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# [C++] Simple Problem

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Hello, Now im getting this error:
'accept' : cannot convert parameter 3 from 'sockaddr_in' to 'int *' [/QUOTE] and heres the two main lines of code in question:  struct sockaddr_in sin; accept(server, (sockaddr*)&sin, (sin));  Whats wrong? cheers, Daniel

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You're using accept wrong. The third parameter should be as described here.

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still dont understand how I would do it?

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MSDN

The 3rd parameter is a pointer to an int containing the length of the struct you're passing in the second parameter. When accept() returns it stores the length of the returned address in that variable.

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Quote:
 Original post by Drezardstill dont understand how I would do it?

By passing something of the correct type, with a proper value (just as with any other function call).

Let's look at the error message you got:

Quote:
 'accept' : cannot convert parameter 3 from 'sockaddr_in' to 'int *'

Parameter 3 is the last one. You have passed 'sin', which is a 'struct sockaddr_in' (as per the previous line of your code). The function expects pointer-to-int. These are unrelated things, so the compiler "cannot convert" one to the other.

Now, let's look at what the page you were linked to says:

Quote:

The "synopsis" section of a "man page" shows you what libraries need to be included, and what the function's prototype is. Here, we see that the last parameter is expected to be a "socklen_t *". This agrees with the compiler, because a socklen_t is simply an int (the typedef socklen_t is used to represent a type which can hold the length of a socket structure).

Quote:
 PARAMETERS...addrlen This is a value-result parameter. Initially, addrlen contains the amount of space that addr points to. When returned, it contains the actual length (in bytes) of the address returned. If addrlen is NULL, no information about the remote address of the accepted socket is returned.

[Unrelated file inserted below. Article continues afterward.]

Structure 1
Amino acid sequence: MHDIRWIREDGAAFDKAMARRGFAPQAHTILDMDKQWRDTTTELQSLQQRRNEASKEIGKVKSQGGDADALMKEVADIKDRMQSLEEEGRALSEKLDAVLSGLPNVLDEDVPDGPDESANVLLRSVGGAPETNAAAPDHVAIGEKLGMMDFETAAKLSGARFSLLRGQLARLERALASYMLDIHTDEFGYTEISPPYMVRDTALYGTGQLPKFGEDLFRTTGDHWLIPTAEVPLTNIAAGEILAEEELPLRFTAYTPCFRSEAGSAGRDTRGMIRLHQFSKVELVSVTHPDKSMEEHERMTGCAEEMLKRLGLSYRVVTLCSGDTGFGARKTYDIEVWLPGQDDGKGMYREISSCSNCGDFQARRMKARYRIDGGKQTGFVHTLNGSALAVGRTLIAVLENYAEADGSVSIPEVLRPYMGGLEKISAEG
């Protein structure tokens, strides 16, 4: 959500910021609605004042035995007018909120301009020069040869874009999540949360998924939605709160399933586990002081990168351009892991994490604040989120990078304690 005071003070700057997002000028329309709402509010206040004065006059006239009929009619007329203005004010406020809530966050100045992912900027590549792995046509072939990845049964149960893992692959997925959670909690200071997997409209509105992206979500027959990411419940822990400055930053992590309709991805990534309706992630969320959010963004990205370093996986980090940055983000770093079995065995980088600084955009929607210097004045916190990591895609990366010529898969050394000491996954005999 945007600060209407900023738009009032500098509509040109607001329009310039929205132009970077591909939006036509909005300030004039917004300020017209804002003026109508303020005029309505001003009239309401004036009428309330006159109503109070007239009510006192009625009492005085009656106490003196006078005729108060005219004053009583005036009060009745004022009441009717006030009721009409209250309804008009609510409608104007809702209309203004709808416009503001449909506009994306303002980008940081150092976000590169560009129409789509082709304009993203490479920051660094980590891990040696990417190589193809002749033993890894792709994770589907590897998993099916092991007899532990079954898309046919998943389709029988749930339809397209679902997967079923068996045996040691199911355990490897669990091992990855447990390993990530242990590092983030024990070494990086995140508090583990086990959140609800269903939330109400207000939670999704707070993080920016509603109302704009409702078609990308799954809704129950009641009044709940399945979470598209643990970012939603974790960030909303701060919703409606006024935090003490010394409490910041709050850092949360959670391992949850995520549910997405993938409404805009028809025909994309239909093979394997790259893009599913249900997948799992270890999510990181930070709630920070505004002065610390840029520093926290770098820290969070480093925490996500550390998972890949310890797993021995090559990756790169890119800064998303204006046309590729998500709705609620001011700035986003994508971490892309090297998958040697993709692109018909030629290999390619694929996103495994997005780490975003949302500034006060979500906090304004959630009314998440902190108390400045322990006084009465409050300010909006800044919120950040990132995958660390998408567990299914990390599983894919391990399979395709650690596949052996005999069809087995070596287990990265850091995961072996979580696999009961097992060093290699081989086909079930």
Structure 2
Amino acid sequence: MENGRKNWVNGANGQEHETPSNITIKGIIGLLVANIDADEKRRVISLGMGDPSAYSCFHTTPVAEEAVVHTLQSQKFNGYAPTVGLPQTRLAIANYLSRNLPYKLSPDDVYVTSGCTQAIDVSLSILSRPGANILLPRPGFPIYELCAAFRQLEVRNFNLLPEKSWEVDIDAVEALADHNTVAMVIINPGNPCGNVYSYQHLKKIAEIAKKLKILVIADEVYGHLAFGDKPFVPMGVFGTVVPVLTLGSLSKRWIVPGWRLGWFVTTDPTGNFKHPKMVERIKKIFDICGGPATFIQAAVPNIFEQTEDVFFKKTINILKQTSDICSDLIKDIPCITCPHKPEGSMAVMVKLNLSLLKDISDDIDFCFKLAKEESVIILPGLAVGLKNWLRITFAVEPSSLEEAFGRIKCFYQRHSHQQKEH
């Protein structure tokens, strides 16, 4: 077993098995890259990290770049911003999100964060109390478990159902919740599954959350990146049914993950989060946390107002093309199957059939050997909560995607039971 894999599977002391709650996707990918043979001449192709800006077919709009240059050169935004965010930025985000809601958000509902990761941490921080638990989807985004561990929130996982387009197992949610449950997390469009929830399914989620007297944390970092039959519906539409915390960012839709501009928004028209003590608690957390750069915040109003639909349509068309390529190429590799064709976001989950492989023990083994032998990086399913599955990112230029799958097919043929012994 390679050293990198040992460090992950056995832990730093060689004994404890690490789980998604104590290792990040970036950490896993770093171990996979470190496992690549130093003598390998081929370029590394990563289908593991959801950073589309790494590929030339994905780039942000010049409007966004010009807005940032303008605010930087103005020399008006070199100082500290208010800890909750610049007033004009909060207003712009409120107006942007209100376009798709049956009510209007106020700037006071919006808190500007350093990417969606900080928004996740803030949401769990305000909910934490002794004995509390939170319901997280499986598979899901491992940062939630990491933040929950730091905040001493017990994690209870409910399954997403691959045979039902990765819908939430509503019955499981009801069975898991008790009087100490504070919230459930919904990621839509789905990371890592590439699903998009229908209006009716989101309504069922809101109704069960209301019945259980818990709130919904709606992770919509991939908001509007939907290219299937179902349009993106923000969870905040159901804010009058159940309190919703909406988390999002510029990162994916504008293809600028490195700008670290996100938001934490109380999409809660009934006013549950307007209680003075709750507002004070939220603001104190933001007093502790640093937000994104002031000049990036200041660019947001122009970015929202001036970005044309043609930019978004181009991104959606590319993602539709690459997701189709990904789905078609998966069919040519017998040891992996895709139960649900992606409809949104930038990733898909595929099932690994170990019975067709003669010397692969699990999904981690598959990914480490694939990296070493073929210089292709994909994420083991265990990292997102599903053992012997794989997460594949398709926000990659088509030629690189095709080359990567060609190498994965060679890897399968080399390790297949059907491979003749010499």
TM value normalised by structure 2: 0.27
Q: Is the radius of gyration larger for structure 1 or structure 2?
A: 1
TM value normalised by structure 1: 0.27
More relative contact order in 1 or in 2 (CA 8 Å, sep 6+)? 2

The "parameters" section of the man page gives information about what each parameter is supposed to represent, how it will be used, and what should be passed.

This is a "value-result" parameter, meaning that we pass a pointer to some value, and the function will use that pointer to both read that value and overwrite it. The idea is that we pass the address of some local variable, and the local variable will possibly change as a result of calling the function.

In C documentation, it's common to say that "addrlen contains blah blah blah", when actually addrlen is a pointer to a variable which contains that value. What we want to do is make our local variable hold "the amount of space that addr points to" (remember, 'addr' in our case is '(sockaddr*)&sin'), and then pass the address of that variable.

Well, how much space *does* addr point at? We pointed it at a 'struct sockaddr_in' (notice that this is different from 'struct sockaddr'; what's going on is that we are asking the function to treat the pointed-at sockaddr_in as a special kind of sockaddr - if the function expected that we always passed a pointer to a sockaddr and nothing else, then it could figure out the size for itself!), so the amount of space is the size of that struct. In C, we get the size (which must be known at compile-time for code to compile) of a struct with the sizeof() operator.

Thus, we write:

struct sockaddr_in sin;int size = sizeof(struct sockaddr_in);accept(server, (sockaddr*)&sin, &size);